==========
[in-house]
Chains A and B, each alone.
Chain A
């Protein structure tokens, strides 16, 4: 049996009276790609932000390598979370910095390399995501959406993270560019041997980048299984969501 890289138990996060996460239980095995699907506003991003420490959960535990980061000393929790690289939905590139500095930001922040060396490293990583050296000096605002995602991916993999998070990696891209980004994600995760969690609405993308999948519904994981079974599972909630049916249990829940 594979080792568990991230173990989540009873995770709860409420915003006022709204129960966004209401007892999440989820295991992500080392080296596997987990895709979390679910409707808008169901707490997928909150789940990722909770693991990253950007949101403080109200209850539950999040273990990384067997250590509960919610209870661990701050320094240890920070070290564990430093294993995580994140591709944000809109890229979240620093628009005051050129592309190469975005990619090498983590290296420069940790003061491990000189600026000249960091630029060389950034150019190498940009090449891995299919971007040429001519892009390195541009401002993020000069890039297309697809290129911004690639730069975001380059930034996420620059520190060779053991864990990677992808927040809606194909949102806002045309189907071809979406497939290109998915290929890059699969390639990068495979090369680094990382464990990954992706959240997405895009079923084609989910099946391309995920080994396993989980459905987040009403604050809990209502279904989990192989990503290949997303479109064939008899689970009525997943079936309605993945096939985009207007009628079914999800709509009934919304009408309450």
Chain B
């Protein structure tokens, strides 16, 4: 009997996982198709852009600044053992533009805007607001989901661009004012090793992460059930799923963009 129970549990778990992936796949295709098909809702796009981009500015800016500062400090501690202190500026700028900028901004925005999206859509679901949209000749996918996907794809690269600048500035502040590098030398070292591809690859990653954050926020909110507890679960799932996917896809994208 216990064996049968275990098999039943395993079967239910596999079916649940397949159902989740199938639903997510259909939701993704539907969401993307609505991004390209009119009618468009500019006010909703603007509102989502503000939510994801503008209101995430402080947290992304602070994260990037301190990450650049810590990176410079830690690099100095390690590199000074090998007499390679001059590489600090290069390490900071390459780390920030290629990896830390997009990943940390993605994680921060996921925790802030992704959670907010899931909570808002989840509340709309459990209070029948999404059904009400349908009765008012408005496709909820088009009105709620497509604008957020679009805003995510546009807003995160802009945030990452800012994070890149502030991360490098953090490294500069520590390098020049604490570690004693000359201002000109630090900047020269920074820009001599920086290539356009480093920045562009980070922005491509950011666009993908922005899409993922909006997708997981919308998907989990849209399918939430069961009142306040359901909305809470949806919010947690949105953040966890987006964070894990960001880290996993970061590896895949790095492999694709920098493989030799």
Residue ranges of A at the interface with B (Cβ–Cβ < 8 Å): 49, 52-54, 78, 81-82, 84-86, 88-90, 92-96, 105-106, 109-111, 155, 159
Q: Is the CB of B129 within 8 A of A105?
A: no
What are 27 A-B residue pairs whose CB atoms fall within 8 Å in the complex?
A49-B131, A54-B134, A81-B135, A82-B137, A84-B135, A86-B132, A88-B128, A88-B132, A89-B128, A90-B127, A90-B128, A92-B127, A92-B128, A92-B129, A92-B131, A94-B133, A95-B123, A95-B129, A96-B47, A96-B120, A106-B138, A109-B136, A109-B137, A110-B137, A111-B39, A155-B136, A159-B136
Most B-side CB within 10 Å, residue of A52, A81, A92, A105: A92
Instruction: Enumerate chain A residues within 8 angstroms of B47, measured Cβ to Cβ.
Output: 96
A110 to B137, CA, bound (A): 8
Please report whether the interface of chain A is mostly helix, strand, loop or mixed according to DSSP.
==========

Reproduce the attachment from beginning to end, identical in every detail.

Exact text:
[in-house]
Chains A and B, each alone.
Chain A
């Protein structure tokens, strides 16, 4: 049996009276790609932000390598979370910095390399995501959406993270560019041997980048299984969501 890289138990996060996460239980095995699907506003991003420490959960535990980061000393929790690289939905590139500095930001922040060396490293990583050296000096605002995602991916993999998070990696891209980004994600995760969690609405993308999948519904994981079974599972909630049916249990829940 594979080792568990991230173990989540009873995770709860409420915003006022709204129960966004209401007892999440989820295991992500080392080296596997987990895709979390679910409707808008169901707490997928909150789940990722909770693991990253950007949101403080109200209850539950999040273990990384067997250590509960919610209870661990701050320094240890920070070290564990430093294993995580994140591709944000809109890229979240620093628009005051050129592309190469975005990619090498983590290296420069940790003061491990000189600026000249960091630029060389950034150019190498940009090449891995299919971007040429001519892009390195541009401002993020000069890039297309697809290129911004690639730069975001380059930034996420620059520190060779053991864990990677992808927040809606194909949102806002045309189907071809979406497939290109998915290929890059699969390639990068495979090369680094990382464990990954992706959240997405895009079923084609989910099946391309995920080994396993989980459905987040009403604050809990209502279904989990192989990503290949997303479109064939008899689970009525997943079936309605993945096939985009207007009628079914999800709509009934919304009408309450």
Chain B
């Protein structure tokens, strides 16, 4: 009997996982198709852009600044053992533009805007607001989901661009004012090793992460059930799923963009 129970549990778990992936796949295709098909809702796009981009500015800016500062400090501690202190500026700028900028901004925005999206859509679901949209000749996918996907794809690269600048500035502040590098030398070292591809690859990653954050926020909110507890679960799932996917896809994208 216990064996049968275990098999039943395993079967239910596999079916649940397949159902989740199938639903997510259909939701993704539907969401993307609505991004390209009119009618468009500019006010909703603007509102989502503000939510994801503008209101995430402080947290992304602070994260990037301190990450650049810590990176410079830690690099100095390690590199000074090998007499390679001059590489600090290069390490900071390459780390920030290629990896830390997009990943940390993605994680921060996921925790802030992704959670907010899931909570808002989840509340709309459990209070029948999404059904009400349908009765008012408005496709909820088009009105709620497509604008957020679009805003995510546009807003995160802009945030990452800012994070890149502030991360490098953090490294500069520590390098020049604490570690004693000359201002000109630090900047020269920074820009001599920086290539356009480093920045562009980070922005491509950011666009993908922005899409993922909006997708997981919308998907989990849209399918939430069961009142306040359901909305809470949806919010947690949105953040966890987006964070894990960001880290996993970061590896895949790095492999694709920098493989030799």
Residue ranges of A at the interface with B (Cβ–Cβ < 8 Å): 49, 52-54, 78, 81-82, 84-86, 88-90, 92-96, 105-106, 109-111, 155, 159
Q: Is the CB of B129 within 8 A of A105?
A: no
What are 27 A-B residue pairs whose CB atoms fall within 8 Å in the complex?
A49-B131, A54-B134, A81-B135, A82-B137, A84-B135, A86-B132, A88-B128, A88-B132, A89-B128, A90-B127, A90-B128, A92-B127, A92-B128, A92-B129, A92-B131, A94-B133, A95-B123, A95-B129, A96-B47, A96-B120, A106-B138, A109-B136, A109-B137, A110-B137, A111-B39, A155-B136, A159-B136
Most B-side CB within 10 Å, residue of A52, A81, A92, A105: A92
Instruction: Enumerate chain A residues within 8 angstroms of B47, measured Cβ to Cβ.
Output: 96
A110 to B137, CA, bound (A): 8
Please report whether the interface of chain A is mostly helix, strand, loop or mixed according to DSSP.